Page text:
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Life Cycle Assessment of Chinese Shrimp Farming Systems Targeted for Export and Domestic Sales

CSS Publication Number
Full Publication Date
August 1, 2011

We conducted surveys of six hatcheries and 18 farms for data inputs to complete a cradle-to-farm-gate life cycle assessment (LCA) to evaluate the environmental performance for intensive (for export markets in Chicago) and semi-intensive (for domestic markets in Shanghai) shrimp farming systems in Hainan Province, China. The relative contribution to overall environmental performance of processing and distribution to final markets were also evaluated from a cradle-to-destination-port perspective. Environmental impact categories included global warming, acidification, eutrophication, cumulative energy use, and biotic resource use. Our results indicated that intensive farming had significantly higher environmental impacts per unit production than semi-intensive farming in all impact categories. The grow-out stage contributed between 96.4% and 99.6% of the cradle-to-farm-gate impacts. These impacts were mainly caused by feed production, electricity use, and farm-level effluents. By averaging over intensive (15%) and semi-intensive (85%) farming systems, 1 metric ton (t) live-weight of shrimp production in China required 38.3(4.3 GJ of energy, as well as 40.4(1.7 t of net primary productivity, and generated 23.1(2.6 kg of SO2 equiv, 36.9 ( 4.3 kg of PO4 equiv, and 3.1 ( 0.4 t of CO2 equiv. Processing made a higher contribution to cradle-to-destination-port impacts than distribution of processed shrimp from farm gate to final markets in both supply chains. In 2008, the estimated total electricity consumption, energy consumption, and greenhouse gas emissions from Chinese white-leg shrimp production would be 1.1 billion kW • h, 49 million GJ, and 4 million metric tons, respectively. Improvements suggested for Chinese shrimp aquaculture include changes in feed composition, farm management, electricity-generating sources, and effluent treatment before discharge. Our results can be used to optimize market-oriented shrimp supply chains and promote more sustainable shrimp production and consumption.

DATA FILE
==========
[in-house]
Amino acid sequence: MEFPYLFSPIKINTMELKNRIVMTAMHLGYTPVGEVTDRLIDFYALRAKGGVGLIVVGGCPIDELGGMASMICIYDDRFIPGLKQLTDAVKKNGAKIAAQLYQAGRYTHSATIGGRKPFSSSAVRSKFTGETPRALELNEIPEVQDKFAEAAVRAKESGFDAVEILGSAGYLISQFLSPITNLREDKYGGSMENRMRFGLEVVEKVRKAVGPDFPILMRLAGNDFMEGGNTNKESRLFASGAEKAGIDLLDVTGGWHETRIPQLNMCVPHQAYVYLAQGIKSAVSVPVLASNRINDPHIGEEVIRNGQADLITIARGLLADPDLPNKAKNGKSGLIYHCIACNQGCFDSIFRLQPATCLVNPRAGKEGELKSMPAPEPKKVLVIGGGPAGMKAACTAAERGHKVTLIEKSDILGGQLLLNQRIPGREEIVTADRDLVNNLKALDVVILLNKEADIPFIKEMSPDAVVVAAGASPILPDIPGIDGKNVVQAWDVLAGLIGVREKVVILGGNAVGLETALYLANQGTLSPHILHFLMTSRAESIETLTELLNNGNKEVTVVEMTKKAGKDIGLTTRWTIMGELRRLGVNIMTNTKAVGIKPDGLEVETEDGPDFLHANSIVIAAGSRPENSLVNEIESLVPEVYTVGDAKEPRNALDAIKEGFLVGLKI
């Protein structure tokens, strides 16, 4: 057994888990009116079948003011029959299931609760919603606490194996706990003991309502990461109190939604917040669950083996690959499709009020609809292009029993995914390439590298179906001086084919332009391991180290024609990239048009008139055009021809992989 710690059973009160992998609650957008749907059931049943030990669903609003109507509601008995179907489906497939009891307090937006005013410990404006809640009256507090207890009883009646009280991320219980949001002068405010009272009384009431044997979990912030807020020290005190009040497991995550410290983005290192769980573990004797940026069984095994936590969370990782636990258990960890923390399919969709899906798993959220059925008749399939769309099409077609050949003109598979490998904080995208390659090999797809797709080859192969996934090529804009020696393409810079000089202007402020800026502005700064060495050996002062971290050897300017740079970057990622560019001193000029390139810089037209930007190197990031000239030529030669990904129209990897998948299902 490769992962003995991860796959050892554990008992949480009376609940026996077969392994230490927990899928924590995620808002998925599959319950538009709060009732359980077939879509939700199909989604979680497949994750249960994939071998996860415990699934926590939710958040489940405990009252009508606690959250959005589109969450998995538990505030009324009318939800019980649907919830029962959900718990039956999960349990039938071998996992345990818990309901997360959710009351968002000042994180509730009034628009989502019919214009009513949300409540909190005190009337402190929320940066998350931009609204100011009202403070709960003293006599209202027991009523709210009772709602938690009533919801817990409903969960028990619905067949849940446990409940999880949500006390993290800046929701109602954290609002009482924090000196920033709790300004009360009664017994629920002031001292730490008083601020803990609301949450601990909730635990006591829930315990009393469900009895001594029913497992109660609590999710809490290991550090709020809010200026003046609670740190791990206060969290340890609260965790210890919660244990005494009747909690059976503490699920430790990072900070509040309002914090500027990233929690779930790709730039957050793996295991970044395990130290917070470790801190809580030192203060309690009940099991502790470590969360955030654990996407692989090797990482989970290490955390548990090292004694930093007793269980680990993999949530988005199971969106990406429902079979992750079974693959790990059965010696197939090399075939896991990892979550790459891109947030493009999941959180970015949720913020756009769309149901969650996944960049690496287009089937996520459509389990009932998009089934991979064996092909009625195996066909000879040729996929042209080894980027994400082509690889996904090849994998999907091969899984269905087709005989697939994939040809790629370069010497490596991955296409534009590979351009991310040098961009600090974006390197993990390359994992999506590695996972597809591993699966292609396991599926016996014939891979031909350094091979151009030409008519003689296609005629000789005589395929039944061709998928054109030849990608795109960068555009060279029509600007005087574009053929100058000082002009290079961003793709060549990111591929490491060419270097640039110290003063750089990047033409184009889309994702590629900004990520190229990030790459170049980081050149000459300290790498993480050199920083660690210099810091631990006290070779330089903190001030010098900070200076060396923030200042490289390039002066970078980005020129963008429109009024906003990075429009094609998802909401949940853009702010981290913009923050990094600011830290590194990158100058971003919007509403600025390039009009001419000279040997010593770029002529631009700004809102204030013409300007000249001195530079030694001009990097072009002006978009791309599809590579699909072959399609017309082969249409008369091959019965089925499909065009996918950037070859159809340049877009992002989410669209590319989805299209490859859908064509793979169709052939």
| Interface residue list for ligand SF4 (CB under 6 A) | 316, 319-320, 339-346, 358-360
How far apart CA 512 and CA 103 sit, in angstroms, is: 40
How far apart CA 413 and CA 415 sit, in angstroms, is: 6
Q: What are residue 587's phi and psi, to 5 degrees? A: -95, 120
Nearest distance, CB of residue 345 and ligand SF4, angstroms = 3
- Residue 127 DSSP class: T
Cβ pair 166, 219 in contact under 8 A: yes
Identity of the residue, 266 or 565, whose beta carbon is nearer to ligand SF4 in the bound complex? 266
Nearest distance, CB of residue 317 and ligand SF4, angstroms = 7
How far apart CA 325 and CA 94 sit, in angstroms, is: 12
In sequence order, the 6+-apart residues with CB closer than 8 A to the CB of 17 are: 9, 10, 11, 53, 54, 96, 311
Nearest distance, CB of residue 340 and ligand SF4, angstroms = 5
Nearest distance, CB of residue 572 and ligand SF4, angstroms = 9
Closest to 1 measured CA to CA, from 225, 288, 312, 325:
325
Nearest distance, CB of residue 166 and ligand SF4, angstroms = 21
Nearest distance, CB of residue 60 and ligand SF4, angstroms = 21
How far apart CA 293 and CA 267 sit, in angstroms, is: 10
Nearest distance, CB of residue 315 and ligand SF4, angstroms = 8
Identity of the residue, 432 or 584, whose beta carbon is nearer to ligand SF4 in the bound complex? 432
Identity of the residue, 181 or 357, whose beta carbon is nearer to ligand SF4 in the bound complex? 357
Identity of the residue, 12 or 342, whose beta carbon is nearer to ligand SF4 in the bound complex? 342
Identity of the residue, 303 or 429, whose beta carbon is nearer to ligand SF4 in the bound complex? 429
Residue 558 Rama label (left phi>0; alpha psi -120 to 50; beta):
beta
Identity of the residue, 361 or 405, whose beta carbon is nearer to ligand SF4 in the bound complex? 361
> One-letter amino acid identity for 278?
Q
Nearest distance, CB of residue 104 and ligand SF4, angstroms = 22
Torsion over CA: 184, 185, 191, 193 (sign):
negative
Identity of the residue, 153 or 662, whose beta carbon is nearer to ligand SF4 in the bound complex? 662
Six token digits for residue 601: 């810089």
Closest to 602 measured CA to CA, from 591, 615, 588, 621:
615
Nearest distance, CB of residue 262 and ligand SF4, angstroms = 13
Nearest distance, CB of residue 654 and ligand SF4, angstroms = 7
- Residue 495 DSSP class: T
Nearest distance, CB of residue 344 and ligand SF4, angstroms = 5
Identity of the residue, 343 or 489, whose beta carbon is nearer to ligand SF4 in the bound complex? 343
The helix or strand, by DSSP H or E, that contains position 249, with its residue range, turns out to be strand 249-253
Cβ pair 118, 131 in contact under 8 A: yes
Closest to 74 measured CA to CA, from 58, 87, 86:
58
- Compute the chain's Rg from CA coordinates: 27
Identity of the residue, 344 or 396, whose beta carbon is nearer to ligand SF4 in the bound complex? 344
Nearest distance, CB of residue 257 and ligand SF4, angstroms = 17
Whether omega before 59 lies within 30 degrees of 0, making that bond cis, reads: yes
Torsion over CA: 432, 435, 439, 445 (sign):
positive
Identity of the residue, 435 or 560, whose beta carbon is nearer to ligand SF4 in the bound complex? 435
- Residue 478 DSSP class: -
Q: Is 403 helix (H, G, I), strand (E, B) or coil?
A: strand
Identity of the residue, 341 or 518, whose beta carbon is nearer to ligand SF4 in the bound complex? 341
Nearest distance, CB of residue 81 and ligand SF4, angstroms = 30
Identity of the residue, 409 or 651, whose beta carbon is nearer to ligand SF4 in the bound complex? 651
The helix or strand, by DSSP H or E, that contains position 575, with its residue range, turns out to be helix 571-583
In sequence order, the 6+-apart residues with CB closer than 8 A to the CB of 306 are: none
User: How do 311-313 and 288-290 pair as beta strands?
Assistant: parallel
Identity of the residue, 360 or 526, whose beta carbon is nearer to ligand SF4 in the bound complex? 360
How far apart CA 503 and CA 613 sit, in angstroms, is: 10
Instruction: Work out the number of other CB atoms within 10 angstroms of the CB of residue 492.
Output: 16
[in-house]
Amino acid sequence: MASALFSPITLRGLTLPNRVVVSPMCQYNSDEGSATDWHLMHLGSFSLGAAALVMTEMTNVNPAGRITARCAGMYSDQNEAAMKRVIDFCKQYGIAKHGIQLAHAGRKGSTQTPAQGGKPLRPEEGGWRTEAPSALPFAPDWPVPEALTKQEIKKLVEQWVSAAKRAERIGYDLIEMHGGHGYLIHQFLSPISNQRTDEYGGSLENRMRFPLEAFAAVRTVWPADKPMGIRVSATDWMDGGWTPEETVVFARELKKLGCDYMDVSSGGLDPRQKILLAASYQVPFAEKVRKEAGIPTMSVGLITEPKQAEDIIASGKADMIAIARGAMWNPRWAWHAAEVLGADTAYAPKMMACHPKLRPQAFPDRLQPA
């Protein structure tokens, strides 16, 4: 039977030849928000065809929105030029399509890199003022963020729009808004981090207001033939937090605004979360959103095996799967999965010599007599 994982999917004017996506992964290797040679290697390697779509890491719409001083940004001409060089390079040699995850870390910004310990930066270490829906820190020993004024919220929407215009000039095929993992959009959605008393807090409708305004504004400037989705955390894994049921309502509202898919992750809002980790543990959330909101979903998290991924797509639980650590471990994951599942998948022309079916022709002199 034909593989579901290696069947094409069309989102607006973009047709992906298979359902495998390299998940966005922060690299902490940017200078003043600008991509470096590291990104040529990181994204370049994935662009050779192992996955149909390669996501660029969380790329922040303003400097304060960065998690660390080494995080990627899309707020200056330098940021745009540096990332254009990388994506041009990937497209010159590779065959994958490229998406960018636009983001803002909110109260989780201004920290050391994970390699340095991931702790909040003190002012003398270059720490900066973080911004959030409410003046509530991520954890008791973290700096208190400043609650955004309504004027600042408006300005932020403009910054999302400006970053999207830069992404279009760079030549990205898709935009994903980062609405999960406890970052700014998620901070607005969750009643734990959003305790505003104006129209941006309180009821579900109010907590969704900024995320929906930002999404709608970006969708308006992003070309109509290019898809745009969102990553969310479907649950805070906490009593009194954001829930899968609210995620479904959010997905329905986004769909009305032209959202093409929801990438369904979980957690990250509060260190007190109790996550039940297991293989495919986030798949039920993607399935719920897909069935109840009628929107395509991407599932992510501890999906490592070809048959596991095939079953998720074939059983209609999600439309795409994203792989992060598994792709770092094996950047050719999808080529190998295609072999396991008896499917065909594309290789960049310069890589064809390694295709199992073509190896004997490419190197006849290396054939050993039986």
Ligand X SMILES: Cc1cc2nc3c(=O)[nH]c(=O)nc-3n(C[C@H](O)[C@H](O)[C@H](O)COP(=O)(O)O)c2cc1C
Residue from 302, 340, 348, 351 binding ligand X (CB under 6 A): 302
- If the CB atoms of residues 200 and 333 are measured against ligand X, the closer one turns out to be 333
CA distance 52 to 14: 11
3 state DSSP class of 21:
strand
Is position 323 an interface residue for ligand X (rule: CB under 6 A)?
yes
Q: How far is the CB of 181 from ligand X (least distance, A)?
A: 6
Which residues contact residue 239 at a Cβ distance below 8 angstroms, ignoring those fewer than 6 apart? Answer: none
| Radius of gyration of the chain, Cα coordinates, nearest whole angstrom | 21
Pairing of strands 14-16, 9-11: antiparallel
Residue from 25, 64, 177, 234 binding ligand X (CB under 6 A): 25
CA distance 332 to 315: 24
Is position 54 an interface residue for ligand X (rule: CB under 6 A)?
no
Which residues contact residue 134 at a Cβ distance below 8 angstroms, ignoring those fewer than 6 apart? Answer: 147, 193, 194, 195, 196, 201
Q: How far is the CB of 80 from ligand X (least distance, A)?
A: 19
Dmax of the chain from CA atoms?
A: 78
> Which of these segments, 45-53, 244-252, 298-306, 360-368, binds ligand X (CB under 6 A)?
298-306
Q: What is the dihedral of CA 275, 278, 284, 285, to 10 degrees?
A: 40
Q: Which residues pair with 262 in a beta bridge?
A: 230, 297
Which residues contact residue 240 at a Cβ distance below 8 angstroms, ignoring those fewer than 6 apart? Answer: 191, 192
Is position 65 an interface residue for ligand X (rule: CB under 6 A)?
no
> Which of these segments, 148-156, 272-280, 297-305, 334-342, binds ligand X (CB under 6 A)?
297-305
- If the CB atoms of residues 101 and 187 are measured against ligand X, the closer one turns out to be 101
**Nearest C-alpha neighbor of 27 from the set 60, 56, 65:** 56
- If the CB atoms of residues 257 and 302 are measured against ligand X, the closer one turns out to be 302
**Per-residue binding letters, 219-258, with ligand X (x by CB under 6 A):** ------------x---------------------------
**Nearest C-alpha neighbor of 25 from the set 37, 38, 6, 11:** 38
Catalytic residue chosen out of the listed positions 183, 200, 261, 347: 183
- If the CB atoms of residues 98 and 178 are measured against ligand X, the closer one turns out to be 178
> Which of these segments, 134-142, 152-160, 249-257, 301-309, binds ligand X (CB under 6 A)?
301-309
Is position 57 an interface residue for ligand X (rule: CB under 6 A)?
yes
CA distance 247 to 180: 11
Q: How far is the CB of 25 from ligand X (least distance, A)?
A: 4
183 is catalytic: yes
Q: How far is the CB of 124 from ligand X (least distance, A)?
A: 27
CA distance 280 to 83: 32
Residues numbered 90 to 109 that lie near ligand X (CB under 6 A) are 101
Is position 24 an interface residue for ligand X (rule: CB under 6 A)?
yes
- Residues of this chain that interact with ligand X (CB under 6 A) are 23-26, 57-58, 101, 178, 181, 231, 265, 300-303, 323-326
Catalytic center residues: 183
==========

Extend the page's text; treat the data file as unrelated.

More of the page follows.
Qiuming Lai
Research Areas
Food & Agriculture
Food Systems and Consumer Products
cradle-to-destination-port, feed production, food processing and distribution, grow out, Hainan province, China, hatchery, Litopenaeus vannamei
Publication Type
Journal Article
Digital Object Identifier
DOI: 10.1021/es104058z
Full Citation
Cao, L., J.S. Diana, G.A. Keoleian, and Q. Lai. (2011) “Life Cycle Assessment of Chinese Shrimp Farming Systems Targeted for Export and Domestic Sales.” Environmental Science and Technology 45(15): 6531–6538.